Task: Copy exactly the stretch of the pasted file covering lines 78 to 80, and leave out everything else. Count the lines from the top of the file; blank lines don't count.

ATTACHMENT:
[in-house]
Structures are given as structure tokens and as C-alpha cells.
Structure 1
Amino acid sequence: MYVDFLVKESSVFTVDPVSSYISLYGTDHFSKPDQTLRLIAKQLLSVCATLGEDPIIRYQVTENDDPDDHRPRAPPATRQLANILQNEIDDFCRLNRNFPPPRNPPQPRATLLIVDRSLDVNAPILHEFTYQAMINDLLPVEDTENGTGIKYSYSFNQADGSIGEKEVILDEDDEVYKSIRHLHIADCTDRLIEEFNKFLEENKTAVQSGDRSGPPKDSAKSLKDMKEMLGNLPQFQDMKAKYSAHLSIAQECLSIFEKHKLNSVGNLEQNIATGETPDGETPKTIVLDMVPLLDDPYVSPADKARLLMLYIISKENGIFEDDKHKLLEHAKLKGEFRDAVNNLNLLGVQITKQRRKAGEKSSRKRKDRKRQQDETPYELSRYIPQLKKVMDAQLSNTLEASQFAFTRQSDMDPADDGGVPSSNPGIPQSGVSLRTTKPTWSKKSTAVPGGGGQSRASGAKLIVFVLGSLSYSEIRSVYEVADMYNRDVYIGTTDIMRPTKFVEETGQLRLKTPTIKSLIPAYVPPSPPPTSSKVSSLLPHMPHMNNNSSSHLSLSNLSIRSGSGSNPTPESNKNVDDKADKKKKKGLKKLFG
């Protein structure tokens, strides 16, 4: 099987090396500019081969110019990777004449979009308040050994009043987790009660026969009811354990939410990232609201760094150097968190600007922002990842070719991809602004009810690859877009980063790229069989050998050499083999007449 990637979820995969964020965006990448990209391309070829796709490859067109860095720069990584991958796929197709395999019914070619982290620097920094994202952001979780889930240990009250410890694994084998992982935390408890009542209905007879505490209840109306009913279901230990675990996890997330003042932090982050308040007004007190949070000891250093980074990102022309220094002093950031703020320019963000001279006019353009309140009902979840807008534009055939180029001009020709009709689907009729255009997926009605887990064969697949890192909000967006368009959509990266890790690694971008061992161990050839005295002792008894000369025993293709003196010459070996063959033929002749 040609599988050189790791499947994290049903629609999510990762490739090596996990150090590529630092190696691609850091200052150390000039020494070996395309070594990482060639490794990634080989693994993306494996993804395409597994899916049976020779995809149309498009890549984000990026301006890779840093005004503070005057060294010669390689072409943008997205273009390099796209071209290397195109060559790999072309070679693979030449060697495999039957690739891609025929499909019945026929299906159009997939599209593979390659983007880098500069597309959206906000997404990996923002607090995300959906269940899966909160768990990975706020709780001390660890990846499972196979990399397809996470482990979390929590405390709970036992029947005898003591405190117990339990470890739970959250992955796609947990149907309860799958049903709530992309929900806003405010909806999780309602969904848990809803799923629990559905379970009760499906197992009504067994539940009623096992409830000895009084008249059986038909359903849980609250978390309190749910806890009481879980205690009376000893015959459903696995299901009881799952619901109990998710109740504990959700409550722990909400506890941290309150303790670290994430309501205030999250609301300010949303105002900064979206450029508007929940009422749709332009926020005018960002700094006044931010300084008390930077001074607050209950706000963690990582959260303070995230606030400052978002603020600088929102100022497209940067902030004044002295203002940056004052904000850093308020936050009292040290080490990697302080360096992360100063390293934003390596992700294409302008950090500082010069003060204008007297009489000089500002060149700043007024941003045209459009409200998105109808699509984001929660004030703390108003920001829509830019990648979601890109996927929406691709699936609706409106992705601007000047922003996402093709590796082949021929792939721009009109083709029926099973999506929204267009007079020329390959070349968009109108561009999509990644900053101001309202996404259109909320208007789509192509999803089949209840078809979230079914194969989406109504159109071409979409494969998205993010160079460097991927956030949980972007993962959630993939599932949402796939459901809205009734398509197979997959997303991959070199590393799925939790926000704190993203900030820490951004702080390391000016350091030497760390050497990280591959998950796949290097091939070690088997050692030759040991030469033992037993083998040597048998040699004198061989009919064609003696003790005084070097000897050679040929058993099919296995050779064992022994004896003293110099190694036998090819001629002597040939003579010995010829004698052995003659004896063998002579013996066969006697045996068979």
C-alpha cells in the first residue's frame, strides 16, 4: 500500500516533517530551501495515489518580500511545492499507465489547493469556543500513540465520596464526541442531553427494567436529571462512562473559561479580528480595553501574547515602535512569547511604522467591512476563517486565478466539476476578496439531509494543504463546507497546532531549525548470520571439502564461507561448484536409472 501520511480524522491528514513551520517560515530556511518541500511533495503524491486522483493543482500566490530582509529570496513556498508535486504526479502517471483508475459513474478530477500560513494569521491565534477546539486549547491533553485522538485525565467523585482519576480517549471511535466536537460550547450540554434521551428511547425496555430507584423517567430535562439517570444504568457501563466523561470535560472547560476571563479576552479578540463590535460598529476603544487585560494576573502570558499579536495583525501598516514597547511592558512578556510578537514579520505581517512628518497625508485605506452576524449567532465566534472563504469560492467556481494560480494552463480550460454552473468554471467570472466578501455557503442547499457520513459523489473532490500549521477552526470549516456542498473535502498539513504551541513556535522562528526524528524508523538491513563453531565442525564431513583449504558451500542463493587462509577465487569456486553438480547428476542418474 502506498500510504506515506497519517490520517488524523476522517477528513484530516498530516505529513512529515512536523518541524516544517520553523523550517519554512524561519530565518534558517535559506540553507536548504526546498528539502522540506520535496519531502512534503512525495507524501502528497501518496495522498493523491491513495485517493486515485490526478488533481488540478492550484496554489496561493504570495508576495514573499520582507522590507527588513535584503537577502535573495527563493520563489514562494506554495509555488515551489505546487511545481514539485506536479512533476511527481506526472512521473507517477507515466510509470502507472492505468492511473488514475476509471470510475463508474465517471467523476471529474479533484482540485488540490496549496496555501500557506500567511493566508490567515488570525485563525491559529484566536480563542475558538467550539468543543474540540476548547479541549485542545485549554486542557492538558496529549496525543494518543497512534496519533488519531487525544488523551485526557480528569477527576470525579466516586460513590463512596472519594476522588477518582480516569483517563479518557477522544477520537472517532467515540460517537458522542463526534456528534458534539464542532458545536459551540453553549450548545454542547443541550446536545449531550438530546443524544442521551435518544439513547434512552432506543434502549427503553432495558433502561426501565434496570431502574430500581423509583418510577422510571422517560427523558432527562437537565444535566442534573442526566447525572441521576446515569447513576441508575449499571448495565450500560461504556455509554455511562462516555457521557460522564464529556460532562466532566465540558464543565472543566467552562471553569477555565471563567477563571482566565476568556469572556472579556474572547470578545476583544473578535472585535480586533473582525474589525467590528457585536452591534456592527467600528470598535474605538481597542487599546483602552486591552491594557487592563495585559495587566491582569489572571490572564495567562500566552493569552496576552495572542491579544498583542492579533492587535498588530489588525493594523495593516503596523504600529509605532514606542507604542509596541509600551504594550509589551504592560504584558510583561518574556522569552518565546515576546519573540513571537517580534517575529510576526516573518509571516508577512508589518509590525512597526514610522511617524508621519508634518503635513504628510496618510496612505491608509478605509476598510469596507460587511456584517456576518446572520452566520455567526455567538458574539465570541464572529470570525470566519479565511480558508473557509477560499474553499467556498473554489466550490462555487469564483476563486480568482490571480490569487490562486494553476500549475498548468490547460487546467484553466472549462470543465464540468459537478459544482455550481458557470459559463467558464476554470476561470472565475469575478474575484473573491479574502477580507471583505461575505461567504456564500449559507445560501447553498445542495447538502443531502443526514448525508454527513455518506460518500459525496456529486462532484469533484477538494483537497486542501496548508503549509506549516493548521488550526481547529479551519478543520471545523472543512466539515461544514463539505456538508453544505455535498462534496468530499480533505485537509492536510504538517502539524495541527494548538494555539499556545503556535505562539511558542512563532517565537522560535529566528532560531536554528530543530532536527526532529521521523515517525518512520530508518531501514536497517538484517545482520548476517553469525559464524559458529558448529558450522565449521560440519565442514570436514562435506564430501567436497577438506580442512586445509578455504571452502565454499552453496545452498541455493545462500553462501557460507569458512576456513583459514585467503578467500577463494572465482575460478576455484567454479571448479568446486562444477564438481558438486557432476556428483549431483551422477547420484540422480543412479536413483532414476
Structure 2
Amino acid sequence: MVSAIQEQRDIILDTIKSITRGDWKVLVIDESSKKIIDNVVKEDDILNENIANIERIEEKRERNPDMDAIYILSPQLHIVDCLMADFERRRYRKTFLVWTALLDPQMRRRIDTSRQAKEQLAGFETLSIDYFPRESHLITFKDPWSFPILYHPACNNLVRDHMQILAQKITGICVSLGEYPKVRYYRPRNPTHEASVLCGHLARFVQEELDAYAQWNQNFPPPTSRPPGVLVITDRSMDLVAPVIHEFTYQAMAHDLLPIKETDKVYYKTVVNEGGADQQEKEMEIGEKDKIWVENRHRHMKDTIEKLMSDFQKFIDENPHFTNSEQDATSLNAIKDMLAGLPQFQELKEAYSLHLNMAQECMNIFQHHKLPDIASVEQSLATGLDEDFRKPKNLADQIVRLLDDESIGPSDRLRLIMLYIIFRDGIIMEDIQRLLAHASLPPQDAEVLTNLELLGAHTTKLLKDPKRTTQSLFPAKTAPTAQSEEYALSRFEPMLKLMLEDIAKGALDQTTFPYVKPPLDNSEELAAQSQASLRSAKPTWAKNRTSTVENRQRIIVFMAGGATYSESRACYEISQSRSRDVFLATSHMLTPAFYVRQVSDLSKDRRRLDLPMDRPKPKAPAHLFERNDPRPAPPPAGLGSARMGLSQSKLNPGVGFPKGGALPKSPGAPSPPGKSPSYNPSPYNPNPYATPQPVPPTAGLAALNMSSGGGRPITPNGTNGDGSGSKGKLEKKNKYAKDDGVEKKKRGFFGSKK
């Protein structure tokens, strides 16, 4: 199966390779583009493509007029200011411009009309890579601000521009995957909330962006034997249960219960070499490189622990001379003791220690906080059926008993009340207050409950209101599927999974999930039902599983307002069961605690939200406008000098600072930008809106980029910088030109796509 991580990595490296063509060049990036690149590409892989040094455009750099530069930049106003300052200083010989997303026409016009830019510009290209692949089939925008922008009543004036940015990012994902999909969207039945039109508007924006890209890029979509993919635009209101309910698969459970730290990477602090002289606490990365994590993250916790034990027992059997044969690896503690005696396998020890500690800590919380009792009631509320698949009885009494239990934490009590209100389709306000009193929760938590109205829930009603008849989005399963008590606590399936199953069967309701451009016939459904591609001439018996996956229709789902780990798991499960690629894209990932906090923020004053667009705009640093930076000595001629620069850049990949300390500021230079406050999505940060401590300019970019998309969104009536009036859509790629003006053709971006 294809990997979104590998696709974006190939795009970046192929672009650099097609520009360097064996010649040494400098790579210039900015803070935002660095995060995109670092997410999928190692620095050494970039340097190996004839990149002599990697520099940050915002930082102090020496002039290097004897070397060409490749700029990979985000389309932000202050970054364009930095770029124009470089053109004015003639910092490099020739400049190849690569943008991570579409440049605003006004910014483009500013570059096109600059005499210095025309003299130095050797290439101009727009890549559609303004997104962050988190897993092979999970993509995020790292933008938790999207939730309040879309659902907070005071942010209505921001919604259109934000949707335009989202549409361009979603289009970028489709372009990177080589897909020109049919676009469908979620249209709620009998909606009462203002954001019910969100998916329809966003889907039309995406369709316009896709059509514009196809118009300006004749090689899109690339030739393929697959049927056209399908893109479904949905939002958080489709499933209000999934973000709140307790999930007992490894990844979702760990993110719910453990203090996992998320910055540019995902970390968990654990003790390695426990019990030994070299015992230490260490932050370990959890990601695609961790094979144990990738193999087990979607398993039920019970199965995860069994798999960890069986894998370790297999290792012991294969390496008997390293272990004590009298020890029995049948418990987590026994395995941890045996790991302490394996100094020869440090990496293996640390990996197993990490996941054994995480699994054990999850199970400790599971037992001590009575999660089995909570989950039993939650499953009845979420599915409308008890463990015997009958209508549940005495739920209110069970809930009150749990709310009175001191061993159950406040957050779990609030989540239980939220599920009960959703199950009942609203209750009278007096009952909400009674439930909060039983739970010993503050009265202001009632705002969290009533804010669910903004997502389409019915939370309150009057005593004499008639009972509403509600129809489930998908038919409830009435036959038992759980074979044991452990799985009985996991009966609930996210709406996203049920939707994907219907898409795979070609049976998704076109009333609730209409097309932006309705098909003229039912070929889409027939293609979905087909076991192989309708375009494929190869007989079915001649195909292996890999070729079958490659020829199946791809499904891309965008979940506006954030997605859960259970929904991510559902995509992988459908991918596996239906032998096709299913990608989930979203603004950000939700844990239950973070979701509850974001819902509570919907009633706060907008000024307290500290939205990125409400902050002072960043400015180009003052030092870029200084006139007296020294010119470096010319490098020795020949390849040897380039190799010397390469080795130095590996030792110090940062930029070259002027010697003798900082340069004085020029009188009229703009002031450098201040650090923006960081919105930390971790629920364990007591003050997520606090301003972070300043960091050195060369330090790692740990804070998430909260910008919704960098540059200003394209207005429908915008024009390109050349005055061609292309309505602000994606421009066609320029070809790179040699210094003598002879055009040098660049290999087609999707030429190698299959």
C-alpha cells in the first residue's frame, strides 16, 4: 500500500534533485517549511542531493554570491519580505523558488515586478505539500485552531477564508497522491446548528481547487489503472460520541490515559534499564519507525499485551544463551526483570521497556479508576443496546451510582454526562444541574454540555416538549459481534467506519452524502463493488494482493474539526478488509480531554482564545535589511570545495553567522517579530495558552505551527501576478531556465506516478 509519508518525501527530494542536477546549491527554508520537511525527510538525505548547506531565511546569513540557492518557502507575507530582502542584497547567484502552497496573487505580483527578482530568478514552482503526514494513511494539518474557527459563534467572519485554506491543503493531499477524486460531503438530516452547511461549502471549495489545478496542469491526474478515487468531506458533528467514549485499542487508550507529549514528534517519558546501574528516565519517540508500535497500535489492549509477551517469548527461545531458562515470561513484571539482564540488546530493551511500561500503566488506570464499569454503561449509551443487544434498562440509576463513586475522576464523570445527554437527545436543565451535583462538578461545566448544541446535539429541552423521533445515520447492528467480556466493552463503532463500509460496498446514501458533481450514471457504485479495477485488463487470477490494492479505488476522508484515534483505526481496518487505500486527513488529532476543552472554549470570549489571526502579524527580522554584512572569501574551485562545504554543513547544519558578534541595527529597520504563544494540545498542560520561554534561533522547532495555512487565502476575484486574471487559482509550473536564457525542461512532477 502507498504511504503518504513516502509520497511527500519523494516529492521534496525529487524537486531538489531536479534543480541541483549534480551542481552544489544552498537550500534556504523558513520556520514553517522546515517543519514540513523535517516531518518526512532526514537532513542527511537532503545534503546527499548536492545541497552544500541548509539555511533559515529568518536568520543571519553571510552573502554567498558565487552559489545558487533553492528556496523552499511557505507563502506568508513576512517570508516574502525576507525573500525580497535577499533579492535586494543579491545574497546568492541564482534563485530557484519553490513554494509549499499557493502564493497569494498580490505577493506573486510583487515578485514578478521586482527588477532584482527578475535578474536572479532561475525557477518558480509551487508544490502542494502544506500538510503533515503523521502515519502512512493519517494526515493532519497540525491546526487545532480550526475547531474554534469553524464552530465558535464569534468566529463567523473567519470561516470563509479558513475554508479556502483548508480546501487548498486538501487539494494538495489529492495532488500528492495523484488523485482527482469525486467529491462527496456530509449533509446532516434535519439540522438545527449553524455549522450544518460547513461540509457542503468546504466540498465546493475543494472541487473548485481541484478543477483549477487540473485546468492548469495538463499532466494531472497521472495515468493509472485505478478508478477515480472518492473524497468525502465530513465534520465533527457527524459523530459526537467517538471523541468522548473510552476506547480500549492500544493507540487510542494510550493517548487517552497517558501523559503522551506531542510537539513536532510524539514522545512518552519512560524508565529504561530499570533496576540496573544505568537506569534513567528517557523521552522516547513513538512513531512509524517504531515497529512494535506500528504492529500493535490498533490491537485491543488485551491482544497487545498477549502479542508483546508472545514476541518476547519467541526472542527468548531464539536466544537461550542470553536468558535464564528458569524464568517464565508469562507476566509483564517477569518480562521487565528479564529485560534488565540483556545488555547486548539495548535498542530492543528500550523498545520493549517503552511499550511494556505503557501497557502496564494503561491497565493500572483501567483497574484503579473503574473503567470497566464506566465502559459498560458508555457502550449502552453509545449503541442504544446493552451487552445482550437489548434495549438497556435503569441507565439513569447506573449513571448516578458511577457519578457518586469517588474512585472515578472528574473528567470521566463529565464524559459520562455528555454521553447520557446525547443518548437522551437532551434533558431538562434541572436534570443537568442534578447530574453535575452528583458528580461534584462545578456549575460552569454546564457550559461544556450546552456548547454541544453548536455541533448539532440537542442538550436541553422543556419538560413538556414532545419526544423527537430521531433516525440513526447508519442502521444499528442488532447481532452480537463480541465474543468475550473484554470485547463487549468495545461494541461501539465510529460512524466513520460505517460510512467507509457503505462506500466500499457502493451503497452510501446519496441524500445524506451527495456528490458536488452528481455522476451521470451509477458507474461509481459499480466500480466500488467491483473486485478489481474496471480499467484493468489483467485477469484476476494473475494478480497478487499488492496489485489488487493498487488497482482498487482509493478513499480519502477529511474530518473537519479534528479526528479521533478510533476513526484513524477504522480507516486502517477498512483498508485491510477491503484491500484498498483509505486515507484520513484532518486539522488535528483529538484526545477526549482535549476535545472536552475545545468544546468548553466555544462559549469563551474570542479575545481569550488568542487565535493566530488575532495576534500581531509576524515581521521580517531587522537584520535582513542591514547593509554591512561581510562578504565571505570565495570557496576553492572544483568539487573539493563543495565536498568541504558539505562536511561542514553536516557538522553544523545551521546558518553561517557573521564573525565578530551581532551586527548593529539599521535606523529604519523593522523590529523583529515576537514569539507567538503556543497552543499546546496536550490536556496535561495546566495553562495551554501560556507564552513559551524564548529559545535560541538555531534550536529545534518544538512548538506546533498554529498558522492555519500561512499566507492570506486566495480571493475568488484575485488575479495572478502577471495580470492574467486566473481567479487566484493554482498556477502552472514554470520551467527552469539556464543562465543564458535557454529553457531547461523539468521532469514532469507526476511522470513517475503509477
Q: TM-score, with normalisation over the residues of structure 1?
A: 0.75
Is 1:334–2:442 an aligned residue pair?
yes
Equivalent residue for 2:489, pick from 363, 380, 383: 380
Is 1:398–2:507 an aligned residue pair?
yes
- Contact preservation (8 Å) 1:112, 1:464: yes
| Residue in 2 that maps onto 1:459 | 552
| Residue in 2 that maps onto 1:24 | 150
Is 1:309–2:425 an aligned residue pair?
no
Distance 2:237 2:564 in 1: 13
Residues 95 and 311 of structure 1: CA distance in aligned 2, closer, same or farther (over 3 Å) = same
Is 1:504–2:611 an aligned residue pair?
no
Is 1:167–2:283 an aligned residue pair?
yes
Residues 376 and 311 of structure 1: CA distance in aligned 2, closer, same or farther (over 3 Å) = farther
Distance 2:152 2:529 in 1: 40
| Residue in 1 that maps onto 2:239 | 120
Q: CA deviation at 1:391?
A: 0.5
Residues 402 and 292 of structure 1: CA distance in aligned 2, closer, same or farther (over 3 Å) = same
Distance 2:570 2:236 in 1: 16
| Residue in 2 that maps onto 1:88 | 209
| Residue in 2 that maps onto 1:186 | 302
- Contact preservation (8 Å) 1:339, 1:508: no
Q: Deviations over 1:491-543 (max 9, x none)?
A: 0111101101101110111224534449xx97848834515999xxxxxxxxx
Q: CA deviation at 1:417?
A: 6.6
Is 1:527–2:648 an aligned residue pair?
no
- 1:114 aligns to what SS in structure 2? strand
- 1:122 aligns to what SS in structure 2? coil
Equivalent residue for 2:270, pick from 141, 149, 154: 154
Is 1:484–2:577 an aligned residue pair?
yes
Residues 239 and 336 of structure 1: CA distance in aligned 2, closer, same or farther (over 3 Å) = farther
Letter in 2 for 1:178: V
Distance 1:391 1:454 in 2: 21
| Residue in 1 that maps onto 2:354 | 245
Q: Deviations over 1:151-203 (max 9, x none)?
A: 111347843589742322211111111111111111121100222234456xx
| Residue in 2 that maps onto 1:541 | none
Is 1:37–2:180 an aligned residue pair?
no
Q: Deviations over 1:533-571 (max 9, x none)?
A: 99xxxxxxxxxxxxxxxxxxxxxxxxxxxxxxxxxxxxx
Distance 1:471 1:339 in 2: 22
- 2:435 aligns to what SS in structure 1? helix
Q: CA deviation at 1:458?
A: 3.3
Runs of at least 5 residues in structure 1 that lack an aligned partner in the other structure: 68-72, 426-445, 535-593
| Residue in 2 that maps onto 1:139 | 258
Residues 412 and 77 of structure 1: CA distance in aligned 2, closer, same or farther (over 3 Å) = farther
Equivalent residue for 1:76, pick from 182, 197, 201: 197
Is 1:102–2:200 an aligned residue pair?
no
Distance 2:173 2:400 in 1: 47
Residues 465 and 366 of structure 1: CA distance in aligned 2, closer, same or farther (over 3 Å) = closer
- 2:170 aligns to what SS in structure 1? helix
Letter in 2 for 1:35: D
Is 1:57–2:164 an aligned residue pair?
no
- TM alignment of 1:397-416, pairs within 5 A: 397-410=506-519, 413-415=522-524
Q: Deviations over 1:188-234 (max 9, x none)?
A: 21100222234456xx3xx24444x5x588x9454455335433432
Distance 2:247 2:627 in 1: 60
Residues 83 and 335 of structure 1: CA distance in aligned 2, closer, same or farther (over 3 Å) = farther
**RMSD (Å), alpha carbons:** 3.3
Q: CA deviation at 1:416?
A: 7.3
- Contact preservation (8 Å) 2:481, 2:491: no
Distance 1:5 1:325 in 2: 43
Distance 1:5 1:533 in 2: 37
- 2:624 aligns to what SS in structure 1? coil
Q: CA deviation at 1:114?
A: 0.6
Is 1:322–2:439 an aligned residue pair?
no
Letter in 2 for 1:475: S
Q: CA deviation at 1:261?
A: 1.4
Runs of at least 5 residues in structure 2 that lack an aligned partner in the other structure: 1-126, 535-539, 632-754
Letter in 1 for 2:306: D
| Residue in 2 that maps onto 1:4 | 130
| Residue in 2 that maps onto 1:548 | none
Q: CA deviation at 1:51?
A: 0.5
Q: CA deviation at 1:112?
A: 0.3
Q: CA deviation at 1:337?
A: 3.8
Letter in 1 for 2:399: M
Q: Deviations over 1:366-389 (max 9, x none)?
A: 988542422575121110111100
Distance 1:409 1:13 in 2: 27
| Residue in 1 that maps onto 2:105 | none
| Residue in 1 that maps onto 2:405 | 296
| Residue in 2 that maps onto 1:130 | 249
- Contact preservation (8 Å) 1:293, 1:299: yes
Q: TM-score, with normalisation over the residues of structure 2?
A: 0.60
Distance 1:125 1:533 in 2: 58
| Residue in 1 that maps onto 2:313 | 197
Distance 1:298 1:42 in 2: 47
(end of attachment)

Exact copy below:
Q: Deviations over 1:188-234 (max 9, x none)?
A: 21100222234456xx3xx24444x5x588x9454455335433432
Distance 2:247 2:627 in 1: 60